In tropical countries, cataracts are formed 10-15 years earlier (than above chart), due to higher exposure to UV rays, especially for those whose occupations are outdoor, e.g. farmers, fishermen, plantation workers.
Here at A New Vision, our mission is to make eye care accessible in the communities we serve, regardless of their ability to pay.
From humble beginnings we came – just 4 of us pooling funds raised by ourselves, family and friends to fund our first ever free cataract clinic in Indonesia. After witnessing the awe inspiring event of restoring vision to 695 people (some had lived with blindness for 30 years), and realising the massive impact so little money could have, we were driven to continue our work.
The spark that started that fire in December 2010 has now grown and we continue to strive to eliminate cataract induced, curable blindness, throughout the world. Our primary focus is on Indonesia, which has the world’s second highest percentage of cataract blindness, Ethiopia being the highest.
Since 2010, we have funded and coordinated free clinics where cataract surgery is provided en masse to targeted high risk geographical regions. These clinics, predominantly in Indonesia, have been run on a regular basis, restoring sight to thousands of people annually. Up to May, 2016, we have restored 13,360 sights. But when millions continue to live with blindness, we strive to take bigger and bolder steps.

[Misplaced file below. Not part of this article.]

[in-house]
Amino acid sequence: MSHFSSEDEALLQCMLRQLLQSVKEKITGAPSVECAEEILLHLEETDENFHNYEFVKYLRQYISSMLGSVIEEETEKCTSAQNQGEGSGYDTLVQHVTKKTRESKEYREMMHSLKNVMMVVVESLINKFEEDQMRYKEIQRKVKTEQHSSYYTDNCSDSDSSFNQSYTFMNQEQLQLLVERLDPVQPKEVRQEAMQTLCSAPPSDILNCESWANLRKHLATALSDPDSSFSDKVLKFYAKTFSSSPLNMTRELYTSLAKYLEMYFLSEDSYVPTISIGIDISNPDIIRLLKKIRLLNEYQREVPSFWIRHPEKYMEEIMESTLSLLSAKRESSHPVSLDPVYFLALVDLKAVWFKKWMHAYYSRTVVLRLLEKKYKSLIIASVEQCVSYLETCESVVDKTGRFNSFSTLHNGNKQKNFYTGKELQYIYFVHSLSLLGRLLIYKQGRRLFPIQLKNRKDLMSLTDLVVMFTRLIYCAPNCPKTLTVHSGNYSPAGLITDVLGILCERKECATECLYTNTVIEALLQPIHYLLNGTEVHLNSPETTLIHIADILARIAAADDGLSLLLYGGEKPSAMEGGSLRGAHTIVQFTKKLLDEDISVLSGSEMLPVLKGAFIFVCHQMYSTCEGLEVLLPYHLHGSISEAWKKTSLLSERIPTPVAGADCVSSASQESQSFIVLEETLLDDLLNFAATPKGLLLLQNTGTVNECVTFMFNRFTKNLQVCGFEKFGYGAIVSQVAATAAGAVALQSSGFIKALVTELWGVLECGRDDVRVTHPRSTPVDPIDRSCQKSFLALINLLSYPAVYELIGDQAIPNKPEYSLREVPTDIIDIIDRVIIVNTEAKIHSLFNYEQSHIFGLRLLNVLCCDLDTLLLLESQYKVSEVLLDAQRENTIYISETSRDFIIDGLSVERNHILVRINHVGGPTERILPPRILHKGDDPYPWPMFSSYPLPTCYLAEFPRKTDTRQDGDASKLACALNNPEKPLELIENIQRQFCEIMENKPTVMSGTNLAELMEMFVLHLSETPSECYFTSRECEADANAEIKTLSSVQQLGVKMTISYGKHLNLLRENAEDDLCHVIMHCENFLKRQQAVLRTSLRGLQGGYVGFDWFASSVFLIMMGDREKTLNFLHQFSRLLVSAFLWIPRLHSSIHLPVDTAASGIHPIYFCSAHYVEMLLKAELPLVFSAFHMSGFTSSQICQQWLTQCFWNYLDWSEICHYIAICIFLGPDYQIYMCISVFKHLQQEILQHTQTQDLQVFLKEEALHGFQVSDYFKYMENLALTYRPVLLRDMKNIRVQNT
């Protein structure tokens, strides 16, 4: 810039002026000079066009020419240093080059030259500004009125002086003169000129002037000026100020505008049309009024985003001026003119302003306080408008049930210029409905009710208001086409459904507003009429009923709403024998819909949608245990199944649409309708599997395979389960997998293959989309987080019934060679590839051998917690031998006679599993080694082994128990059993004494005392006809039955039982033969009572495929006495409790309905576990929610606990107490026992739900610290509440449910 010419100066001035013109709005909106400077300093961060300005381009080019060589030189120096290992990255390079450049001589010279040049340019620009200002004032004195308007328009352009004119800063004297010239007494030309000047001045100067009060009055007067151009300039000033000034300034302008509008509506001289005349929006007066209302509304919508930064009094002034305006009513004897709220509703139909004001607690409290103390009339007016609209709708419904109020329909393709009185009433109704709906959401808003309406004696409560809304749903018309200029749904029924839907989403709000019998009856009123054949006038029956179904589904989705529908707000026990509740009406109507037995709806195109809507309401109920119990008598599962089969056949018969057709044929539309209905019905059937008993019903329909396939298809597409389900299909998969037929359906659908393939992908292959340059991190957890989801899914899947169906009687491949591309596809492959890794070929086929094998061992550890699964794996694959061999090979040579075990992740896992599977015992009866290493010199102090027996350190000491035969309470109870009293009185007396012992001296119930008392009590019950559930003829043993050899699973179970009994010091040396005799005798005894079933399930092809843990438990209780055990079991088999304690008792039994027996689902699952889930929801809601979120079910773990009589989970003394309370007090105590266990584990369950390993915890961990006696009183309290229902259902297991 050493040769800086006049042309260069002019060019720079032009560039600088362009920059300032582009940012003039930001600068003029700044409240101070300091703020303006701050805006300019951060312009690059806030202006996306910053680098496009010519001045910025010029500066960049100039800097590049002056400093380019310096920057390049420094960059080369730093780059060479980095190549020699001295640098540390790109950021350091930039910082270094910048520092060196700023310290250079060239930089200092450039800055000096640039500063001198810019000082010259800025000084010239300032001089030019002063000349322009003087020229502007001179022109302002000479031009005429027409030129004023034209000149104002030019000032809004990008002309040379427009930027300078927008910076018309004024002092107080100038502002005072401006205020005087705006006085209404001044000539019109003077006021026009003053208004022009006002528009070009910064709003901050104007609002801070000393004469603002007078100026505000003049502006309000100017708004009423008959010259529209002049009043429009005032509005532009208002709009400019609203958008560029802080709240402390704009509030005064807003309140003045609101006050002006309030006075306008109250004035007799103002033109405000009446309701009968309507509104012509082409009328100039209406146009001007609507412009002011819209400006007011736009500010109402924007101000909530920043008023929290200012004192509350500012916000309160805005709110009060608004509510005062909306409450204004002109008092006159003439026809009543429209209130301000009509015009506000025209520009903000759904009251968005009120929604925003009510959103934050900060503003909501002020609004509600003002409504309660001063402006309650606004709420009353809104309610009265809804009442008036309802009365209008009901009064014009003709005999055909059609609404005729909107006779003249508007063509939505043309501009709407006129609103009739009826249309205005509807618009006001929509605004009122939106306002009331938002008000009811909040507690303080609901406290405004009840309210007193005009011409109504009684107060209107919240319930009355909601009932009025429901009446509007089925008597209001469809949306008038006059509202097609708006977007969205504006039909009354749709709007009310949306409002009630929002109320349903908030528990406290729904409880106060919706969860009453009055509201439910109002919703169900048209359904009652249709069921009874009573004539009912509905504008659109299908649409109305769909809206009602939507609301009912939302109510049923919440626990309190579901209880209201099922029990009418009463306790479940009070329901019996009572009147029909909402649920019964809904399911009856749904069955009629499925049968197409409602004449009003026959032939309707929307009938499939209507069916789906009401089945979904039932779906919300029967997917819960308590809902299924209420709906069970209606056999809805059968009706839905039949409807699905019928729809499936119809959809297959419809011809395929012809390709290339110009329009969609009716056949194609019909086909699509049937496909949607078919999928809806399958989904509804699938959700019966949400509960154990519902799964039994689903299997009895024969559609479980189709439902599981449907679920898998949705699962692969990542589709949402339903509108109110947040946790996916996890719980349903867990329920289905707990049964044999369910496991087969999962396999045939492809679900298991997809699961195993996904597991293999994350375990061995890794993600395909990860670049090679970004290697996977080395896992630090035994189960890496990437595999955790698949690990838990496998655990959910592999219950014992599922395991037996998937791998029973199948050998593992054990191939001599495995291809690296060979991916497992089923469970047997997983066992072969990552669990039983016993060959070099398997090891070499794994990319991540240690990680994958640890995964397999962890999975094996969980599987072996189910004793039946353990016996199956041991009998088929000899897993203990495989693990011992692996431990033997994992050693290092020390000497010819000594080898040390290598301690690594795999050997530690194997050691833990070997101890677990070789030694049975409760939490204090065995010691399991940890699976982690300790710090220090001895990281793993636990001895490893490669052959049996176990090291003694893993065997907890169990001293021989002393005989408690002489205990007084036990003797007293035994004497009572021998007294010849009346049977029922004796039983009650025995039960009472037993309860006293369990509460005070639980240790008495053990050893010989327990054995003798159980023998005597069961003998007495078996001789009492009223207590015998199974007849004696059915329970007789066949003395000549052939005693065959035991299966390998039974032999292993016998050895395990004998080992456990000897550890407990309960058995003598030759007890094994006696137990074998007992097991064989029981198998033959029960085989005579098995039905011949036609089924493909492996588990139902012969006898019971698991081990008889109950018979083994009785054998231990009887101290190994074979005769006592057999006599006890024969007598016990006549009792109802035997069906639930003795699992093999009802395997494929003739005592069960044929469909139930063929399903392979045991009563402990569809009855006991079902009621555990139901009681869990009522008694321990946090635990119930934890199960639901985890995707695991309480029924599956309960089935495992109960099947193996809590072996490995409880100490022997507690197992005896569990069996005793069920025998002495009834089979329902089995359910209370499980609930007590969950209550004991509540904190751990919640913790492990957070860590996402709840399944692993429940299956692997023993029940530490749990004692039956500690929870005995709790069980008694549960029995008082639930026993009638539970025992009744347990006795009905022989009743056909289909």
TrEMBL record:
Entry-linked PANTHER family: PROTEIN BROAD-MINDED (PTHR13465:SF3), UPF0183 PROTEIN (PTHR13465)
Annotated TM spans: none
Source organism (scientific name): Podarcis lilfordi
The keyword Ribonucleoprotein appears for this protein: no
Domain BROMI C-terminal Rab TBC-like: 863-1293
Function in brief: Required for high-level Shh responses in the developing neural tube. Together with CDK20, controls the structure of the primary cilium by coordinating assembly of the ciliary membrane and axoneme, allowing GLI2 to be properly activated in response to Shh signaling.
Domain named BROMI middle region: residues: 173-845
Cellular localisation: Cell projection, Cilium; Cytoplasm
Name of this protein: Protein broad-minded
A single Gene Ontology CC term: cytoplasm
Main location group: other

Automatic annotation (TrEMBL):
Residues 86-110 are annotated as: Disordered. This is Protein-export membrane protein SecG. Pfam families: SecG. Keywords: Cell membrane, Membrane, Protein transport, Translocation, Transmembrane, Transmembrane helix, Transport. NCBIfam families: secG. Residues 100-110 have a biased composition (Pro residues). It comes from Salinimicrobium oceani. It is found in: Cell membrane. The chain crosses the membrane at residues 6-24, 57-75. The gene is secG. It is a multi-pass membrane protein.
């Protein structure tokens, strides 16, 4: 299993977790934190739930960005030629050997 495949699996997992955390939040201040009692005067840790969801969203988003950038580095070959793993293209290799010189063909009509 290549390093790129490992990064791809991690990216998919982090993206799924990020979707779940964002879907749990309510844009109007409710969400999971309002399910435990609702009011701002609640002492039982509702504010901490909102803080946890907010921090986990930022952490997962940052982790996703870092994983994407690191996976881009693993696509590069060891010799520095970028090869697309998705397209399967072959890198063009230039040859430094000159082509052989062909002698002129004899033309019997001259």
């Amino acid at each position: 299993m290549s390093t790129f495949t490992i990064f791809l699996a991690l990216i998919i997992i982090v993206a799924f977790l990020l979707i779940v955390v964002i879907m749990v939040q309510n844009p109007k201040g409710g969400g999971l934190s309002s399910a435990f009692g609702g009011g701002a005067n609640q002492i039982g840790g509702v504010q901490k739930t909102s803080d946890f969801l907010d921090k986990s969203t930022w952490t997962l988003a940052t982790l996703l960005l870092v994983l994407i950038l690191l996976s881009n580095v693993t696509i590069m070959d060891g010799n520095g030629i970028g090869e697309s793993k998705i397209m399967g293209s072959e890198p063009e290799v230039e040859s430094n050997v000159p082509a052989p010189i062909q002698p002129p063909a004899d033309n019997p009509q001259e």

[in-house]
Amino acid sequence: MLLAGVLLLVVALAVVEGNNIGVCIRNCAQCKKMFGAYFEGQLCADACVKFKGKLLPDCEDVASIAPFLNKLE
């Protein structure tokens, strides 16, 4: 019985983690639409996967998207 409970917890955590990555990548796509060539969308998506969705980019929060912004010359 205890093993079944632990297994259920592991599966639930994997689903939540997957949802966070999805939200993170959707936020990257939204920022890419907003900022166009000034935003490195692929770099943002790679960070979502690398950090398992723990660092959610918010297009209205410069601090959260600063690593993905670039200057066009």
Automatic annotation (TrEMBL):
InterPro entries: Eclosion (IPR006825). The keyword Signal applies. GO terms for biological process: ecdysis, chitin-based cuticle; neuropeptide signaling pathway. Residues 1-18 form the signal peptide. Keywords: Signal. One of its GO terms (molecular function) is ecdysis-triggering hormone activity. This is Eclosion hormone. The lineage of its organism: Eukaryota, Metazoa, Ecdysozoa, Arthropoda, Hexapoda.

Our goal now is to replicate a Community Eye Hospital model similar to that developed by Nepal’s Dr. Sanduk Ruit. This model has proven highly successful in reducing the rate of blindness in Nepal, through targeting high need communities.
Dr. Ruit’s Tilganga Institute of Ophthalmology is a beacon of excellence in Nepal, a place where superior eye care can be afforded by the poor, an eye hospital of choice for the financially able and the place where the poorest of the poor know they will be treated equally, at no – or little – cost.